March 2, 2016

Author of Angus, Thongs and Full-Frontal Snogging Louise Rennison dies

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Louise Rennison. Image via Twitter

Louise Rennison. Image via Twitter

The author Louise Rennison has died at the age of 63. Rennison was best known for her Confessions of Georgia Nicolson series written for teenagers, which included the titles Angus, Thongs and Full-Frontal Snogging and Knocked Out By My Nunga-Nungas.

Beloved by all who read her, Rennison’s books portrayed British teenage girls who were funny and silly and whose lives reflected those of real girls up and down the country. Writing in The Telegraph Charlotte Runcie remembered:

I devoured the books because they made me laugh, but also because they made me feel as though the horrors of teenage life in Britain were not something unique to me, and that things might turn out okay in the end. This teenage girl who was funny above all else was a role model for any girl who has ever been told by a boy that “girls aren’t funny”.

In The Bookseller Melissa Cox, head of range at Waterstones described Rennison as a pioneer:

Compared to the perfect American teenagers that peopled so much of contemporary teenage fiction back then, Georgia Nicolson, Dave the Laugh and the gang all seemed to me to be supremely real and just like my own friends…The books also taught me that girls were funny, because, pre-internet and social media, you didn’t get a lot of young women quipping, making puns or generally being silly.

Rennison published the first title in the series, Angus, Thongs and Full-Frontal Snogging, in 1999 and went on to write a series of 10 books. The books’ main character Georgia Nicolson was reportedly based on Rennison herself as a teenager and spoke in a delightfully idiosyncratic and incredibly infectious way. As Runcie describes it in The Telegraph, “It was difficult to switch out of it in your own brain after reading.”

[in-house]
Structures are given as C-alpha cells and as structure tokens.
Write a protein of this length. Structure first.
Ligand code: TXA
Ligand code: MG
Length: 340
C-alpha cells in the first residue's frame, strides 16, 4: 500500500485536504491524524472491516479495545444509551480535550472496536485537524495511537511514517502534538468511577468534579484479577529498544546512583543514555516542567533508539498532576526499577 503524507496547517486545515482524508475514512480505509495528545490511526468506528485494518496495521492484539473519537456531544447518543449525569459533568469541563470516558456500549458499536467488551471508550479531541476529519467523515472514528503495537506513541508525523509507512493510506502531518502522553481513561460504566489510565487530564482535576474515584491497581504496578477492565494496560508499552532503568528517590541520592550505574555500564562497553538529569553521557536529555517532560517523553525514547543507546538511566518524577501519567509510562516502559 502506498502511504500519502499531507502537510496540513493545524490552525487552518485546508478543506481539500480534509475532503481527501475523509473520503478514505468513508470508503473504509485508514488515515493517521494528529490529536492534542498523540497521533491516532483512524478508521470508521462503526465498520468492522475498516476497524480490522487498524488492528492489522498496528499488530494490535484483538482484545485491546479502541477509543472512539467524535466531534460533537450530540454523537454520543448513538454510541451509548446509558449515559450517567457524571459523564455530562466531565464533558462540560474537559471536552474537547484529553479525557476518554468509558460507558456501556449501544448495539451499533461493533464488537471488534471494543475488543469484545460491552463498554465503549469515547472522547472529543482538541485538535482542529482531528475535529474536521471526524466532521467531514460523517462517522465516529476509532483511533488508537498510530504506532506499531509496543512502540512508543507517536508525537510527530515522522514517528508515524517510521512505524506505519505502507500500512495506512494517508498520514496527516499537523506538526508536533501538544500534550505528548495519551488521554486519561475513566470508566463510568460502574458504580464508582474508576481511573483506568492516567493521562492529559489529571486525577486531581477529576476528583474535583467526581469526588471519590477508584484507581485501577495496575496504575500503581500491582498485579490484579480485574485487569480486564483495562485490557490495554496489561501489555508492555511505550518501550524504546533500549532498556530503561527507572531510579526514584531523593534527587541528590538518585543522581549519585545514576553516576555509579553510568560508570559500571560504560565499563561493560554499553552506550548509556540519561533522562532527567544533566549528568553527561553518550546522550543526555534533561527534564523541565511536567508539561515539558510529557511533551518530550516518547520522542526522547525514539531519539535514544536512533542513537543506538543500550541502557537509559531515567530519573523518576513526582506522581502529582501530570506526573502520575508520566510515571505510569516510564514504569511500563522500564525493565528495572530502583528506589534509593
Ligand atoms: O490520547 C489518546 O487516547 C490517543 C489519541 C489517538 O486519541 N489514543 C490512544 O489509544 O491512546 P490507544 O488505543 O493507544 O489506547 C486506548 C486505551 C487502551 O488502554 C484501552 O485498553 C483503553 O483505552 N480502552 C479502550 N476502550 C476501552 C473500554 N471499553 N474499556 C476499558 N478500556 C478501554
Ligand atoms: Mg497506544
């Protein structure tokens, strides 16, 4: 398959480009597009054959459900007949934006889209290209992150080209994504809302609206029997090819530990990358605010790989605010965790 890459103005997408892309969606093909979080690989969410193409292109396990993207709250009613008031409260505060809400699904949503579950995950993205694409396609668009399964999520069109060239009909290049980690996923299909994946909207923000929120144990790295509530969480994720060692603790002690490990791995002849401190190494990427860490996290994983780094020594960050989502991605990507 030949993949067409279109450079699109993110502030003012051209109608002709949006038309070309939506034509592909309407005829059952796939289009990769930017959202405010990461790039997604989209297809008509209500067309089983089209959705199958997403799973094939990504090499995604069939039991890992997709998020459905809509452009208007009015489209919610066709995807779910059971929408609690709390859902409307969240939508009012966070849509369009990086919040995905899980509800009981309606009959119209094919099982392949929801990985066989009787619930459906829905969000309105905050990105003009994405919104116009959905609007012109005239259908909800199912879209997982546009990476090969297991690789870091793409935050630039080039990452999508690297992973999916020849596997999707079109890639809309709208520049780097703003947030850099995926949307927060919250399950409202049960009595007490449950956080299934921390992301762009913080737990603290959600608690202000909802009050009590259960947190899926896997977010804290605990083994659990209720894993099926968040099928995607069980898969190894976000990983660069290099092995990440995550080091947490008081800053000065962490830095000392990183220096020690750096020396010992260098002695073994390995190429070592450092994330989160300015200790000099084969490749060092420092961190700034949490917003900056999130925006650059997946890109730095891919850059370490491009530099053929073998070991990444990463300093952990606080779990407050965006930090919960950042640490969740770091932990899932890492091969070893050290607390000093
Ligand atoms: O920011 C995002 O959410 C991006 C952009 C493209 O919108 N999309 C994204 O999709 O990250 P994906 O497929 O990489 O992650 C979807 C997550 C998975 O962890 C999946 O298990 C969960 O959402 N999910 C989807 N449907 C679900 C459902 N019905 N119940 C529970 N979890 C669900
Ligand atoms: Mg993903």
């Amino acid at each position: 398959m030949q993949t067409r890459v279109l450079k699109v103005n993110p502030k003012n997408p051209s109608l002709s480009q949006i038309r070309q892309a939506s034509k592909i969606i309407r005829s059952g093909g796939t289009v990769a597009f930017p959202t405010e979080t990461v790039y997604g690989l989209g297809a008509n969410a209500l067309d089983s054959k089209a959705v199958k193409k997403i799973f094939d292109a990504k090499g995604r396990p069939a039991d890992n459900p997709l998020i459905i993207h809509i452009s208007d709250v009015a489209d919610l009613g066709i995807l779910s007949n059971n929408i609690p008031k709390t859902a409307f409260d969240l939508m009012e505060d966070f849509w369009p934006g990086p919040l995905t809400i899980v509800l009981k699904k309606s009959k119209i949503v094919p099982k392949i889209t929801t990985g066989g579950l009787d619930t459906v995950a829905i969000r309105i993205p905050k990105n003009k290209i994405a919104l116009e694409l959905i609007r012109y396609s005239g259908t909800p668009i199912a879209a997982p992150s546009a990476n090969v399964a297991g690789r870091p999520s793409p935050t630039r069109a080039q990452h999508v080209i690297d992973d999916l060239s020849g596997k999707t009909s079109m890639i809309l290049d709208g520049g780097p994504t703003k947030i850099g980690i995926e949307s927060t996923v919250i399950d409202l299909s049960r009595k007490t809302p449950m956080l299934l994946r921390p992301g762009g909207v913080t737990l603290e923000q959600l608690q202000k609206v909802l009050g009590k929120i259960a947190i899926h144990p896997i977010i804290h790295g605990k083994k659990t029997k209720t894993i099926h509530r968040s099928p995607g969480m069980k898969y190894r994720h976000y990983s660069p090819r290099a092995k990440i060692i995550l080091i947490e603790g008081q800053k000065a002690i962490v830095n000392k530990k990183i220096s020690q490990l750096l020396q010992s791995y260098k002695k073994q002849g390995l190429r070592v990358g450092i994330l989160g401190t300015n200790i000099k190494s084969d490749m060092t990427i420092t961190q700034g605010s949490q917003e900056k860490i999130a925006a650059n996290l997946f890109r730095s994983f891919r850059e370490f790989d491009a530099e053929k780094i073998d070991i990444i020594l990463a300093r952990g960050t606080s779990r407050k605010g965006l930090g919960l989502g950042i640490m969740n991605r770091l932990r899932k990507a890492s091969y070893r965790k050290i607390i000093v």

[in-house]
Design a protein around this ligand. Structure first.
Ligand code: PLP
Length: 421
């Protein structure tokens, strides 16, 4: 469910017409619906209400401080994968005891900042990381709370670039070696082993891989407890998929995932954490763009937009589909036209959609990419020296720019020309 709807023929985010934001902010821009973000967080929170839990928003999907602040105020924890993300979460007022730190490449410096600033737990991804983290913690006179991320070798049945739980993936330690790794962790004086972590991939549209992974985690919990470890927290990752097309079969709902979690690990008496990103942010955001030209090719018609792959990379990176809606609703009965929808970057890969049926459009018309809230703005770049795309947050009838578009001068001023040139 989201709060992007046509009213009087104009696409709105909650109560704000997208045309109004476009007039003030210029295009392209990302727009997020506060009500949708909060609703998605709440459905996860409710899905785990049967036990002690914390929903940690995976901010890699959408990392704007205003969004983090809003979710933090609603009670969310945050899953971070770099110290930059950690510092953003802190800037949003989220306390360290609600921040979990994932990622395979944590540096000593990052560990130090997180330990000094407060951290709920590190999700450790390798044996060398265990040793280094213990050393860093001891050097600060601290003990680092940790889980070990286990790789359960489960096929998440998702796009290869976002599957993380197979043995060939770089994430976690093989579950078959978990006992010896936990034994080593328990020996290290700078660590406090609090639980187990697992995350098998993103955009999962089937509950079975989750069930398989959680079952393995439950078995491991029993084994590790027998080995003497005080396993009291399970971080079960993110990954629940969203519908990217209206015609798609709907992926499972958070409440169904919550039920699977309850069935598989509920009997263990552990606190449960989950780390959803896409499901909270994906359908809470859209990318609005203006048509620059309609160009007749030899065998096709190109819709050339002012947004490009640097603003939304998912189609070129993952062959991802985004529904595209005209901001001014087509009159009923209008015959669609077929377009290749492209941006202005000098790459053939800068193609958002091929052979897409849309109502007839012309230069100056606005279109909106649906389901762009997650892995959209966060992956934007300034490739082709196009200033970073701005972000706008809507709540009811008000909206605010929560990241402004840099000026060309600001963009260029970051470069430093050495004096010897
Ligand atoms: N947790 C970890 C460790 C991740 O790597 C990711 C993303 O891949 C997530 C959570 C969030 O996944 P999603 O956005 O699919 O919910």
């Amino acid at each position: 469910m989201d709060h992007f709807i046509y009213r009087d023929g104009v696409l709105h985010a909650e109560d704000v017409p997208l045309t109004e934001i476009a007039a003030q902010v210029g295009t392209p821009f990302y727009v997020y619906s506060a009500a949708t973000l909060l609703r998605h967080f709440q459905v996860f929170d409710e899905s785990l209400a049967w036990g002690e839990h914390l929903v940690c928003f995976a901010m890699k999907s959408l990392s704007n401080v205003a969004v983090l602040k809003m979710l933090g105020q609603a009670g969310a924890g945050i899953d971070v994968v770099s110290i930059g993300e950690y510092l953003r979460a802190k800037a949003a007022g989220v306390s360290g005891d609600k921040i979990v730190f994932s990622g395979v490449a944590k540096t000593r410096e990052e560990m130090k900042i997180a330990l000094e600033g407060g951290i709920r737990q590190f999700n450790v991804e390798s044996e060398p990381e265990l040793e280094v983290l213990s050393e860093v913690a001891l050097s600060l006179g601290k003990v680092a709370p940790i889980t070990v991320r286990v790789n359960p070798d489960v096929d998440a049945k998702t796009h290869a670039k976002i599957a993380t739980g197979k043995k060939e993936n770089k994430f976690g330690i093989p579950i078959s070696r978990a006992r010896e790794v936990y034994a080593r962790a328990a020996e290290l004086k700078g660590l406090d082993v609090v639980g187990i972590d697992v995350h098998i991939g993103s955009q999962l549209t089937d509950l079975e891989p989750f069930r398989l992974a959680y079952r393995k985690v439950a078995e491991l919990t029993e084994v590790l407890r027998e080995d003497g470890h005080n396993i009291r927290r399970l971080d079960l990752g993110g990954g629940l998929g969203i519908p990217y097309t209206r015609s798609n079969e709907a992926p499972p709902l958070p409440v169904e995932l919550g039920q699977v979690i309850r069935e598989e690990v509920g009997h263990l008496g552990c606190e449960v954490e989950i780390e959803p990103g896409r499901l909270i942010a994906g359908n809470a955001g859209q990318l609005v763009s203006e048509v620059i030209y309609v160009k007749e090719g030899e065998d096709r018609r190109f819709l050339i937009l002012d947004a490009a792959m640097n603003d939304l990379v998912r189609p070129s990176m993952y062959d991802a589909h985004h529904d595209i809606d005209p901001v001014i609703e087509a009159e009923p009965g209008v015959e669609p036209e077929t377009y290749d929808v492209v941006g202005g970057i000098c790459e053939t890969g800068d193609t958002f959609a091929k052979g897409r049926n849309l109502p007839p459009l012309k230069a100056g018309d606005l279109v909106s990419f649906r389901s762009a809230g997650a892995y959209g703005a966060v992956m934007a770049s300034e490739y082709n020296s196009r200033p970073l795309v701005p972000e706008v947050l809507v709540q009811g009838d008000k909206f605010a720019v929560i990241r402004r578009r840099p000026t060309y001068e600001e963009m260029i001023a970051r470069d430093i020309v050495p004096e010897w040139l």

As a young teenager I remember first seeing the books in my school library and being shocked and delighted that words like thongs, knickers and snogging had made it onto the front covers of books. But as Rennison herself noted in a piece for The Guardian in 2014, American readers had a slightly tougher time with such words. As Rennison remembers in the piece, the conversation with her American editor went like this:

I should have known they wouldn’t get it. That their “humour” is different. The alarm bells should have been ringing when they bought Angus, Thongs and Full-frontal Snogging the book, and the Chief Hamburger said, “Congratulations, Ms Rennison, you are a genius and a very warm person.” (Now that is something I do admire the Americans for, their down-to-earth sincerity…) Where was I? Oh yes, then he said, “But what is “snoggling”?”

Snoggling?

I said, “I’ve no idea but I’m willing to give it a go!”

Eventually her American publisher decided to include a handy glossary in the back of the American editions to explain what words like ‘prat’* meant.

In a statement released to The Bookseller, her British publisher HarperCollins wrote:

Nobody wrote for teenagers like she did, she understood them, their lives and their extraordinary and powerful friendships. In life, as in her writing, she brought joy and laughter. Our thoughts are with her family, friends and the readers whose lives she has touched for almost 20 years.

 

*Rennison’s definition: “Someone who plays air guitar at concerts or puts two legs down one knicker leg”

 

 

 

 

Zeljka Marosevic is the managing director of Melville House UK.

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